Human life has no price tag, Ambassador Bagis says about the war. Why do the Turks and the Czechs understand each other?

www.cnn.iprima.cz Filip Kalčák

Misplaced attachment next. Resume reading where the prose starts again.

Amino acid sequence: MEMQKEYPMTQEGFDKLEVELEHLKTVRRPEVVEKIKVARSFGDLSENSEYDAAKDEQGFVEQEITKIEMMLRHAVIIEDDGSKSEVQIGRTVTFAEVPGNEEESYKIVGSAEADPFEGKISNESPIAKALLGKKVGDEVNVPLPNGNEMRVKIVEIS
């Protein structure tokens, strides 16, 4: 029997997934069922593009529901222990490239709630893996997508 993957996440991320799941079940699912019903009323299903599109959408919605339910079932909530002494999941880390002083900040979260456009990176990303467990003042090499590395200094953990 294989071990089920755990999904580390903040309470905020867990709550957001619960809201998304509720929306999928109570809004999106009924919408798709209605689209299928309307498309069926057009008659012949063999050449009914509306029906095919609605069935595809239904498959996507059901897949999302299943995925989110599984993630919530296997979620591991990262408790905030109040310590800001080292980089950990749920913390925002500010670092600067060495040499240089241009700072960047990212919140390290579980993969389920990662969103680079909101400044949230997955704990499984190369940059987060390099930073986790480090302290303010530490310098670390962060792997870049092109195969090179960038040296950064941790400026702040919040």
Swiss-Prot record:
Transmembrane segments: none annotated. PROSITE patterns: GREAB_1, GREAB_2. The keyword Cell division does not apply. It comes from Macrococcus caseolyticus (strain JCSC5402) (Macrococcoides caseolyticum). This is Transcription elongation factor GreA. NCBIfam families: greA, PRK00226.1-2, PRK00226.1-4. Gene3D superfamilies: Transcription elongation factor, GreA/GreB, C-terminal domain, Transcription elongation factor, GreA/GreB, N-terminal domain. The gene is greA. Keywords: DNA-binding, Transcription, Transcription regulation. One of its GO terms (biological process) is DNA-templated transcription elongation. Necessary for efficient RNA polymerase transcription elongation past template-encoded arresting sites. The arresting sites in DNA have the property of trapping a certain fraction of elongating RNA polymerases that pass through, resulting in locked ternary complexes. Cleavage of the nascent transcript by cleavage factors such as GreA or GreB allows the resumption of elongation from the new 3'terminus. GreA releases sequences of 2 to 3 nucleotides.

The Turks used to defend Europe against the Russians, now, history is repeating itself. Also because Turkish drones Bayraktar, about which a celebratory song has even been composed, operate in Ukraine. This parallel was recalled by the Turkish Ambassador to Prague Egemen Bağış in an interview for CNN Prima NEWS. He also talked about the relations between the Czech Republic and Türkiye, his work, and Ankara’s position on the admission of Sweden and Finland to NATO. Since November 2019, Prague has been its second home. Prior to his diplomatic mission, Ambassador Bağış served almost 15 years in the Turkish Parliament, was the EU Minister for Foreign Affairs, and advised President Erdogan. In 2015, he briefly left politics to teach at university. But Ankara called him back after a few years. Subsequently, his steps were directed to the heart of Europe. How did you react when President Erdogan sent you to be an ambassador to the Czech Republic? I asked: Why Prague? He told me that in 2013, at a press conference with then-Prime Minister Petr Nečas, he said he would increase the volume of mutual trade from $3.5 billion to $5 billion. (President) Erdogan told me it’s been six years, and the number is still 3.5 billion. That he wanted to change it and keep his word. My main mission here, therefore, was to improve mutual trade. But three months after I arrived in the Czech Republic, a pandemic broke out. Despite this, we have been able to meet our commitment. At the end of 2021, the volume of bilateral trade between Türkiye and the Czech Republic was $4.5 billion, and it is clear from this first quarter that we will exceed five billion in 2022. What are the main features of Czech-Turkish cooperation? It is mainly about transport, we sell many vehicles and automotive parts to the Czech Republic, for example, Turkish buses run in Prague. We also export textiles, minerals, jewellery and we see a great opportunity in tourism. We hope that Türkiye will be the first or second most popular destination for Czechs this year. We also cooperate significantly in the field of defence. One of the interesting projects is that we install Turkish rockets on Czech Tatra trucks and sell this defence system to Indonesia. What do you think about the relations between the Czechs and the Turks? I have always appreciated Czech support, I have never felt any negative energy from Czech citizens, politicians, or businessmen. We have a good relationship because our